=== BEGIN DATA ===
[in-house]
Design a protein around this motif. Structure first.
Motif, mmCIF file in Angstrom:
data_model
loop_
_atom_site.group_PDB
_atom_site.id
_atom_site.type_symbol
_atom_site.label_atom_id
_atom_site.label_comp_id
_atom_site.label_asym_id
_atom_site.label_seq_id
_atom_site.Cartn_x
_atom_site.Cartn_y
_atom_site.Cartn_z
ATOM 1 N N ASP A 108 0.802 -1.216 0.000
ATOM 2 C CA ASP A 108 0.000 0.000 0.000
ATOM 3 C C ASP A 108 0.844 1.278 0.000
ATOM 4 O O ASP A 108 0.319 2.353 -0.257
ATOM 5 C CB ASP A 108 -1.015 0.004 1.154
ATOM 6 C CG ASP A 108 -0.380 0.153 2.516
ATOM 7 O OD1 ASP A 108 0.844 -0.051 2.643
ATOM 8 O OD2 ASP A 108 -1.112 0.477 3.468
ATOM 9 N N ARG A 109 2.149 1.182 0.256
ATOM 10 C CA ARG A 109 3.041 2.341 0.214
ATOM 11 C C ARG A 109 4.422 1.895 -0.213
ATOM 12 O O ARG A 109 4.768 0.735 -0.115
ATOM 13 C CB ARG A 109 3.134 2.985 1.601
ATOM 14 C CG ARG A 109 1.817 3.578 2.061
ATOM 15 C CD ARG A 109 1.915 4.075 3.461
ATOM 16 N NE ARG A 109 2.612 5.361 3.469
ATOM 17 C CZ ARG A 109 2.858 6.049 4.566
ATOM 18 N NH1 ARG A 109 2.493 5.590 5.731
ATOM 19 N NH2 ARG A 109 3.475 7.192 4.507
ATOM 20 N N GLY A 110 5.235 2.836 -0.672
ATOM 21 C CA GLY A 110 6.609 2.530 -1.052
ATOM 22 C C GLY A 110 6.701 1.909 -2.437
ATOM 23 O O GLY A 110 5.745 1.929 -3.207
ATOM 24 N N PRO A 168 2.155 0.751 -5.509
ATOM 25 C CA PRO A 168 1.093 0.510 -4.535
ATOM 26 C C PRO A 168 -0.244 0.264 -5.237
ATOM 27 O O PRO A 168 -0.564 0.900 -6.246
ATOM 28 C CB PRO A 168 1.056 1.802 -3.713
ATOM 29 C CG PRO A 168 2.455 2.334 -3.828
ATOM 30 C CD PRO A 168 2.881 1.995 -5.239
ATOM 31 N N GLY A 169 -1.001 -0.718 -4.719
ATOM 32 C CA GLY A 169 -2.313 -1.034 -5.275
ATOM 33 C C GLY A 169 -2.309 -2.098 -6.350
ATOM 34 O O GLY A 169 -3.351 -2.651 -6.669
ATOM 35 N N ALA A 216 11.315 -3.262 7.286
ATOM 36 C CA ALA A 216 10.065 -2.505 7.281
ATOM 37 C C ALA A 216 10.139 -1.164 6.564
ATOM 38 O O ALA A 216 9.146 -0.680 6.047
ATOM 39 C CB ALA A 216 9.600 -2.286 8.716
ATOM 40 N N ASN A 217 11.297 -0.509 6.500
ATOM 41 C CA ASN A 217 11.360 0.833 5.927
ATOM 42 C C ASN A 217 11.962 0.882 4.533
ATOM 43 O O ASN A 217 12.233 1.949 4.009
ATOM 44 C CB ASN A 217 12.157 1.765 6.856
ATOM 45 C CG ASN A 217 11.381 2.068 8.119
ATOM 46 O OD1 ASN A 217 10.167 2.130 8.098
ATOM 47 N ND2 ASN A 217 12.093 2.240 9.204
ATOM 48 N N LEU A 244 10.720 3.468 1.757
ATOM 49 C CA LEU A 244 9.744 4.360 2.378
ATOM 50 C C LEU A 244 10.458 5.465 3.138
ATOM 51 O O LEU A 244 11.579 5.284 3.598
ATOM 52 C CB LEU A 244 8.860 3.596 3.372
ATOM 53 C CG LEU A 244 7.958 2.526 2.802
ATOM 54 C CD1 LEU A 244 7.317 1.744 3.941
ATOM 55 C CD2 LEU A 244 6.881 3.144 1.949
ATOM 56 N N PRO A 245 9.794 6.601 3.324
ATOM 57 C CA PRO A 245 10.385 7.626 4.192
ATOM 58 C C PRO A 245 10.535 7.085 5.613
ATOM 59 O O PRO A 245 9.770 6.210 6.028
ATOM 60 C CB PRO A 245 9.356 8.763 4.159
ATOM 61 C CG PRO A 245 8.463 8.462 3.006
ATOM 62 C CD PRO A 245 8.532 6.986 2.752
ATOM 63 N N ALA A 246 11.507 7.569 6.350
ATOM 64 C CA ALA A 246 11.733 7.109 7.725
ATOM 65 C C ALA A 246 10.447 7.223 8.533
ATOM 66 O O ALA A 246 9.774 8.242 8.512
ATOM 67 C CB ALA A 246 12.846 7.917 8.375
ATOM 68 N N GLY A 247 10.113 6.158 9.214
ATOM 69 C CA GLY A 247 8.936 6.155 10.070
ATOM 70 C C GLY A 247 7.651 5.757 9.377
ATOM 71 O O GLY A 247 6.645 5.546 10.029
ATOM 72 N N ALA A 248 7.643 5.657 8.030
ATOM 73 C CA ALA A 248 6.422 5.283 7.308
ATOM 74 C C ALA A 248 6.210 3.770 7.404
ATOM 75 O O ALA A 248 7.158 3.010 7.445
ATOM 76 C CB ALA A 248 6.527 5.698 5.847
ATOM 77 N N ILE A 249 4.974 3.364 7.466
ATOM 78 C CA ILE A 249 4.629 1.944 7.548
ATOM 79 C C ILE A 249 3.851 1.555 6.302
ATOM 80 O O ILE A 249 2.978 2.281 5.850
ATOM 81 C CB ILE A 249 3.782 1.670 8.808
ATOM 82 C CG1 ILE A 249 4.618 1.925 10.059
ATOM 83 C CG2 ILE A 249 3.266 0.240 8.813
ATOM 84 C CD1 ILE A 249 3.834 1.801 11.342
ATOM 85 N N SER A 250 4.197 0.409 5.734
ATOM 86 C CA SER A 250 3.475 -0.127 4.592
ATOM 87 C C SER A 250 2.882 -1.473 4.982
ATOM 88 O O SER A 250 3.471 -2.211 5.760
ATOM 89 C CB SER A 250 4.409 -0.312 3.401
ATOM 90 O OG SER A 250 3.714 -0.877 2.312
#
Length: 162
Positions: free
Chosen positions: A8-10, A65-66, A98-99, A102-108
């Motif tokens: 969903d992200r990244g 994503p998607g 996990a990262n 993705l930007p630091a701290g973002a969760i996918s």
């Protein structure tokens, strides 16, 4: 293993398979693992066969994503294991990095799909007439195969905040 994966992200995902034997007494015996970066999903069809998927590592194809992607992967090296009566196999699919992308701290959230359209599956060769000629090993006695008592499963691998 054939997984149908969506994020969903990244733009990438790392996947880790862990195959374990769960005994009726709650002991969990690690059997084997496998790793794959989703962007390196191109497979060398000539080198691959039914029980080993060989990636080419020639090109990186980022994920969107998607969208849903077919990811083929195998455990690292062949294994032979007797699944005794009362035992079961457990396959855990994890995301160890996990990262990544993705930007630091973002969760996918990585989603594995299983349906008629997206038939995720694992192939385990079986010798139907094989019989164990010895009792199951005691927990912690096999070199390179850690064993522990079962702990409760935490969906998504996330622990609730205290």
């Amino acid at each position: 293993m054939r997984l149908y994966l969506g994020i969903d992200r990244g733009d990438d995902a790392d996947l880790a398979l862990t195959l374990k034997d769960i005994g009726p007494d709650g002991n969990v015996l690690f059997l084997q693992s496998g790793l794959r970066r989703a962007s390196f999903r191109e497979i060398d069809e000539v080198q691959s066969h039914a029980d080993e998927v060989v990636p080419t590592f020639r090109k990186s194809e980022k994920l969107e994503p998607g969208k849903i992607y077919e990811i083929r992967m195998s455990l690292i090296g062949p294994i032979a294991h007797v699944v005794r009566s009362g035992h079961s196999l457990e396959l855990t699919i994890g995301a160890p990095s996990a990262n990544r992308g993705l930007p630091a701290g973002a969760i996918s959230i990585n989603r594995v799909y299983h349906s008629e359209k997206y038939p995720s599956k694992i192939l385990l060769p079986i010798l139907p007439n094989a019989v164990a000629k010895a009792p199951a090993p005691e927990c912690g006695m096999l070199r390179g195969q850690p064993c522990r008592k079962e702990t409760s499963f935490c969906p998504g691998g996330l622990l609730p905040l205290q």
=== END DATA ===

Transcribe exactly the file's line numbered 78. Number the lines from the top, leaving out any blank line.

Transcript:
ATOM 63 N N ALA A 246 11.507 7.569 6.350